To the Commissioners for the District of Columbia
Philadelphia March 6th 1792.
Mr Jefferson, in a letter which he writes to you this day,1 will enter fully into the points touched upon in your letters to me of the 21st of December, and of the 7th 9th 10 & 21st of January and Mr Johnson’s letter of the 3d of february.2 I shall therefore, do little more at present (being much pressed with other important public matters) than acknowledge the receipt of these letters, and state the reasons which caused me to delay writing to you ’till this time.
Until I received Mr Johnson’s letter, the expectation of seeing him here, and conferring with him fully upon the several points mentioned in your letters, kept me from writing; and since that time the unsettled state of matters with respect to Major L’Enfant has put it out of my power to write to you in a manner that would be decisive or satisfactory.
Matters are at length brought to a close with Majr L’Enfant.3 As I had a strong desire to retain his services in this business, provided it could have been done upon a proper footing I gave him every opportunity of coming forward and stating the mode in which he would wish to be employed, always, however, assuring him that he must be under the controul of the Commissioners. But after keeping open the communication with him as long as any reasonable means could be found of doing it, he chose to close it by declaring, that he could only act in a certain way—which way was inadmissable. His services, therefore, must be no longer calculated upon. Altho’ his talents in designing, and the skill which he is said to possess in the execution of this kind of business, may occasion the loss of his services to be regretted; Yet I doubt upon the whole, whether it will be found in the end that his dereliction will be of real disservice to the undertaking; for so unaccommodating is his disposition that he would never suffer any interference in his plans, much less would he have been contented under the direction of the Commissioners. I am convinced, Gentlemen, that in your transactions with Majr L’Enfant, you must have suffered much from his temper; & if my approbatn of yr conduct in this business can afford you pleasure, you may be assured you have it. Even if I had no corrobaration of the fact, I should be persuaded, from what I have known of his disposition on the recent occasion, that there would scarcely be a possibility of acting harmoniously in concert with him.4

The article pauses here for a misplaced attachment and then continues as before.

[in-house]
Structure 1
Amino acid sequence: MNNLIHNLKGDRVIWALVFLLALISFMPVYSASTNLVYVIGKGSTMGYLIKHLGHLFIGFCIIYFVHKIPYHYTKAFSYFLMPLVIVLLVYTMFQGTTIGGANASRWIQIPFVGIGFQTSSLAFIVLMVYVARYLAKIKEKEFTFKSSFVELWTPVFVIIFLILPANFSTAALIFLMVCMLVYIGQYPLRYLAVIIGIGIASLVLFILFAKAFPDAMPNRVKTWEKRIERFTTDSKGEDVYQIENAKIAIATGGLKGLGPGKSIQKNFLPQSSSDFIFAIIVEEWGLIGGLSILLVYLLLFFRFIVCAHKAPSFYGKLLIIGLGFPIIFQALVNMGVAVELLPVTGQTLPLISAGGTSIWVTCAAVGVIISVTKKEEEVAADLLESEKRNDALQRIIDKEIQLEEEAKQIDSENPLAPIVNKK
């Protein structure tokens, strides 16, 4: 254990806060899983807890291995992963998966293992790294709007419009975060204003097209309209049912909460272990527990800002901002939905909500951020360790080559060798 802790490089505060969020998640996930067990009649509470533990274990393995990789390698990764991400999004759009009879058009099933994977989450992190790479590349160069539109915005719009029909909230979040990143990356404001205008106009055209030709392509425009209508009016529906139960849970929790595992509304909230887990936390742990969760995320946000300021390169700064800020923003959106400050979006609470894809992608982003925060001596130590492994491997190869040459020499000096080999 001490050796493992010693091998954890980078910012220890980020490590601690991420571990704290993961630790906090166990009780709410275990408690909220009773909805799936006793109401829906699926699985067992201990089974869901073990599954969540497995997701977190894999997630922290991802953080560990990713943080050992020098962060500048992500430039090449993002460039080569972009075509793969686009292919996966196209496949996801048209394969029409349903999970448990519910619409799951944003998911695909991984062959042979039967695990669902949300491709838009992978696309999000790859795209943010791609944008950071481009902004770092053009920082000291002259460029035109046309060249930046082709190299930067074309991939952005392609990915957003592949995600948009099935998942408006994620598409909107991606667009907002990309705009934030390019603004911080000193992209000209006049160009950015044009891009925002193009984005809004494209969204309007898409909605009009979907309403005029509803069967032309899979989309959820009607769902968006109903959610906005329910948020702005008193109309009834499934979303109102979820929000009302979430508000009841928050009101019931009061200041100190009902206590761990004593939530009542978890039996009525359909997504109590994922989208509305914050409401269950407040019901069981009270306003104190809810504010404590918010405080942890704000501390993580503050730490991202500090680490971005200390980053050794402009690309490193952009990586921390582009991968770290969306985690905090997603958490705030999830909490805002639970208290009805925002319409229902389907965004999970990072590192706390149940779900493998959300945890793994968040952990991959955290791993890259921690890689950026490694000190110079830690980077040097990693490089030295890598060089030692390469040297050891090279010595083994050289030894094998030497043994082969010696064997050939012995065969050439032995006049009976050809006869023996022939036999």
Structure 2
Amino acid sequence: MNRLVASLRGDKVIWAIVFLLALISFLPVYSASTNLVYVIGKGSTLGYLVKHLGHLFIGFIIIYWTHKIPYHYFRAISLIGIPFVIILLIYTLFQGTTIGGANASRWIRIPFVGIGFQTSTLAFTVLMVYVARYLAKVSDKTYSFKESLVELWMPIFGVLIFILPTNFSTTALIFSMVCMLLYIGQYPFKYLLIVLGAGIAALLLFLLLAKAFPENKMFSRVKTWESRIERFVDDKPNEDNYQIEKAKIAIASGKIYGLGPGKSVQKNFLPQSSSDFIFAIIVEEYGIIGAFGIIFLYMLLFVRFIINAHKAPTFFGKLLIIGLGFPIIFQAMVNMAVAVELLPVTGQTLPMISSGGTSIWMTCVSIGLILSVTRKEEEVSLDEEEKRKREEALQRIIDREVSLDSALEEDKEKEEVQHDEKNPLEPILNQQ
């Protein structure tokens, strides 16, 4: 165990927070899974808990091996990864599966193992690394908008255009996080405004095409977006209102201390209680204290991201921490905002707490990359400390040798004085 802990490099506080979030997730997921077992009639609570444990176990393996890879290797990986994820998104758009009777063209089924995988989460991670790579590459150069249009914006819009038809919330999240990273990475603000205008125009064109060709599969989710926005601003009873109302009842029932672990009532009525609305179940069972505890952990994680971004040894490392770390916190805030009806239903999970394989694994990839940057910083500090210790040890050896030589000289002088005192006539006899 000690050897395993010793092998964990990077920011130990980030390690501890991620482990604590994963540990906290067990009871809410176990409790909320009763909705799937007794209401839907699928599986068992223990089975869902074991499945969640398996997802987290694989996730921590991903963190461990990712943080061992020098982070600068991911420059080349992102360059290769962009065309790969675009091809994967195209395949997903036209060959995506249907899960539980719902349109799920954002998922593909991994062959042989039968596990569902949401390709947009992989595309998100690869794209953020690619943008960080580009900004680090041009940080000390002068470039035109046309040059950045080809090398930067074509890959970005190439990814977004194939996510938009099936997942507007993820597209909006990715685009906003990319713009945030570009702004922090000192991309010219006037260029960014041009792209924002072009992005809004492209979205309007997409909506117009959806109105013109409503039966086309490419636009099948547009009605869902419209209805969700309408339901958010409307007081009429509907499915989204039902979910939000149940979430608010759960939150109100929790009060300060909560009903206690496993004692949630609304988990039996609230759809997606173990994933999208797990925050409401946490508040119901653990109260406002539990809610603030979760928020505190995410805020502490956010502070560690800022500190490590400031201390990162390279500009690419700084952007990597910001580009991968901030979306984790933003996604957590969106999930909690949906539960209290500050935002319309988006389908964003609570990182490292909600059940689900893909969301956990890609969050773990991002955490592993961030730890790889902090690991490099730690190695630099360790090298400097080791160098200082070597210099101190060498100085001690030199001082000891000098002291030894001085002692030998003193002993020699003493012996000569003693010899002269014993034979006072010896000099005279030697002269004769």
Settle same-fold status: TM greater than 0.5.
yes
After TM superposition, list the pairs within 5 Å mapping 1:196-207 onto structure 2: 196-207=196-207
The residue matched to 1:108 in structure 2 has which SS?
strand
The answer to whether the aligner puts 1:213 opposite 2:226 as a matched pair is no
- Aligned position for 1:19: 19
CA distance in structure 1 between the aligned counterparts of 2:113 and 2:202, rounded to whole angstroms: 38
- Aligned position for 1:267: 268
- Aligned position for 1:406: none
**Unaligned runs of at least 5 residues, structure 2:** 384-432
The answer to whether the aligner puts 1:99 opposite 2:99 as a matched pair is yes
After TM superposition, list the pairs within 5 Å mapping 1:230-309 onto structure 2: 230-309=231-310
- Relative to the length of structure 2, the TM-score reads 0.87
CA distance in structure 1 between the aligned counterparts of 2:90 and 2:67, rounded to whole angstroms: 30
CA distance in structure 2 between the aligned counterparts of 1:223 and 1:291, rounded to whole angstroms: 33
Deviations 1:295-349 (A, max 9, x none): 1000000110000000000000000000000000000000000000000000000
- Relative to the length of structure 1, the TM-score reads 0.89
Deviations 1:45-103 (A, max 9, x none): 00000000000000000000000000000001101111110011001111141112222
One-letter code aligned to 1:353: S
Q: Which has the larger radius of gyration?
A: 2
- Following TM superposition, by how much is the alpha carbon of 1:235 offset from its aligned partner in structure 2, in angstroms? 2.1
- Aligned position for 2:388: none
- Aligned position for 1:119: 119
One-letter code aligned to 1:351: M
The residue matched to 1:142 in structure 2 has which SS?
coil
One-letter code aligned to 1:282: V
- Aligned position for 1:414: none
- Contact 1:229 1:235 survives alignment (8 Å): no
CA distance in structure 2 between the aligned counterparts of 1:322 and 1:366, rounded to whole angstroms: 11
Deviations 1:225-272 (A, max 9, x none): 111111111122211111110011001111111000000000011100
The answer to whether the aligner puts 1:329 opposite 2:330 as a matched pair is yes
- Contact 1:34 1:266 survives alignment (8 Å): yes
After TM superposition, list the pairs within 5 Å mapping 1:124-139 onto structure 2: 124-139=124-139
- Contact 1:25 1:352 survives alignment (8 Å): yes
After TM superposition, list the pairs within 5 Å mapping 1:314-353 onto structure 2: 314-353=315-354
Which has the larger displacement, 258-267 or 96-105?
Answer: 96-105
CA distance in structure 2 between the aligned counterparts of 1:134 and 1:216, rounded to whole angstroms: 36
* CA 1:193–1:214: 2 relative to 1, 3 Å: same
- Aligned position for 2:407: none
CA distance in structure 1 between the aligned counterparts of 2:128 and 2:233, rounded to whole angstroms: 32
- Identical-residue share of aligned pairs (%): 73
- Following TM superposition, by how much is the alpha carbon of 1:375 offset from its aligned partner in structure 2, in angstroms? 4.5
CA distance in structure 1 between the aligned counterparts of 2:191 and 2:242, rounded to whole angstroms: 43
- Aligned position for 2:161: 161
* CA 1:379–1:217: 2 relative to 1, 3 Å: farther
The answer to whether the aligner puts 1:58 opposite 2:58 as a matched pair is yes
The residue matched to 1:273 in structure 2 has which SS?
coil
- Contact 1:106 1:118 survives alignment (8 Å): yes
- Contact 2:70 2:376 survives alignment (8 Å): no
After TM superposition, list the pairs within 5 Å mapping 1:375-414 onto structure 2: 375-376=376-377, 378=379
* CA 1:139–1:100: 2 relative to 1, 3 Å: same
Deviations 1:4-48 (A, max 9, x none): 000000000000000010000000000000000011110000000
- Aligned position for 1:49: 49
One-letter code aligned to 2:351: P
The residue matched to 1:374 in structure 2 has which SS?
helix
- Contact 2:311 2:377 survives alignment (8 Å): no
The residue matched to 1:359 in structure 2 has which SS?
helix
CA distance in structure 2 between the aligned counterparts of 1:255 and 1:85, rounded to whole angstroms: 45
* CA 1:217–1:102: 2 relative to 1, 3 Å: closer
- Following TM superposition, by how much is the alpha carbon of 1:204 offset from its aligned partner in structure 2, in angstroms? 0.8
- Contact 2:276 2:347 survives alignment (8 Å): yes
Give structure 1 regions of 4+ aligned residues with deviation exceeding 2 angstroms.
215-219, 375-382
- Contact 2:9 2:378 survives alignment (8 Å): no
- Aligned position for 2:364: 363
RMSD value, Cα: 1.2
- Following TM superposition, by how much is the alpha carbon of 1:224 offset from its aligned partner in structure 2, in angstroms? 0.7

As Mr Jefferson has, in his letter, mentioned the particular objects to which your attention will probably be turned5—I shall only observe here, that I am impressed in, the strongest manner, with the necessity there is of carrying on this business with as much vigour as the nature of the thing will admit. It has been observed by intelligent & well informed men, (not however of the class most friendly to the measures)6 that the whole success of the Federal City, depends upon the exertions which may be made in the ensuing season towards completing the object; for such is now the state of the public mind on this subject that it appears as it were in an equilibrium, and will preponderate either for or against the measure, as the progress of the thing may be: And there are not wanting those who, being interested in arresting the business, will leave no means unessayed to injure it. By the proposition for a loan which Mr Jefferson transmits to you, you will see what prospect you have of funds in addition to those to be depended upon from the two states.7 And in your exertions, Gentlemen, to make the best of these, I have the fullest confidence.